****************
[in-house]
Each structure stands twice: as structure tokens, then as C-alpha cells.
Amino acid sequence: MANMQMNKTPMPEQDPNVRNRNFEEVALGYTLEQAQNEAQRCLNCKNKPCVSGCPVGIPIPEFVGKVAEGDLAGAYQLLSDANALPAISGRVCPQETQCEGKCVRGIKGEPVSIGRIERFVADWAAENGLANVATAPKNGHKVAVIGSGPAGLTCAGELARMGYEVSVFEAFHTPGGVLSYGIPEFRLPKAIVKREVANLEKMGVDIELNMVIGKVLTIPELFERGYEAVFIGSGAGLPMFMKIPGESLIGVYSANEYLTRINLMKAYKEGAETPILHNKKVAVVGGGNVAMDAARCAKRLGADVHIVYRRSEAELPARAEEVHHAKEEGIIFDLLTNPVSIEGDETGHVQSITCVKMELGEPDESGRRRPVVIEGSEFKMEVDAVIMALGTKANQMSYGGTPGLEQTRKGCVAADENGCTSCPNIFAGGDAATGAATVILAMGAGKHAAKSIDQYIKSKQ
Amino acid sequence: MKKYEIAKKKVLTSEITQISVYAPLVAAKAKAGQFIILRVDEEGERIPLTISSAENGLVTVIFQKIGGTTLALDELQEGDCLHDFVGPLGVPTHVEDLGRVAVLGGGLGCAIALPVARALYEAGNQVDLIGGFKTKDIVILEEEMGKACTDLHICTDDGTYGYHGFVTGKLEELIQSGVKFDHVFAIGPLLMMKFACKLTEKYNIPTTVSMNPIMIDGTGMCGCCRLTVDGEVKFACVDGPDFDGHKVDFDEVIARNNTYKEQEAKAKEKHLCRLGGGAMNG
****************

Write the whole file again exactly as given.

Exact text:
[in-house]
Each structure stands twice: as structure tokens, then as C-alpha cells.
Amino acid sequence: MANMQMNKTPMPEQDPNVRNRNFEEVALGYTLEQAQNEAQRCLNCKNKPCVSGCPVGIPIPEFVGKVAEGDLAGAYQLLSDANALPAISGRVCPQETQCEGKCVRGIKGEPVSIGRIERFVADWAAENGLANVATAPKNGHKVAVIGSGPAGLTCAGELARMGYEVSVFEAFHTPGGVLSYGIPEFRLPKAIVKREVANLEKMGVDIELNMVIGKVLTIPELFERGYEAVFIGSGAGLPMFMKIPGESLIGVYSANEYLTRINLMKAYKEGAETPILHNKKVAVVGGGNVAMDAARCAKRLGADVHIVYRRSEAELPARAEEVHHAKEEGIIFDLLTNPVSIEGDETGHVQSITCVKMELGEPDESGRRRPVVIEGSEFKMEVDAVIMALGTKANQMSYGGTPGLEQTRKGCVAADENGCTSCPNIFAGGDAATGAATVILAMGAGKHAAKSIDQYIKSKQ
Amino acid sequence: MKKYEIAKKKVLTSEITQISVYAPLVAAKAKAGQFIILRVDEEGERIPLTISSAENGLVTVIFQKIGGTTLALDELQEGDCLHDFVGPLGVPTHVEDLGRVAVLGGGLGCAIALPVARALYEAGNQVDLIGGFKTKDIVILEEEMGKACTDLHICTDDGTYGYHGFVTGKLEELIQSGVKFDHVFAIGPLLMMKFACKLTEKYNIPTTVSMNPIMIDGTGMCGCCRLTVDGEVKFACVDGPDFDGHKVDFDEVIARNNTYKEQEAKAKEKHLCRLGGGAMNG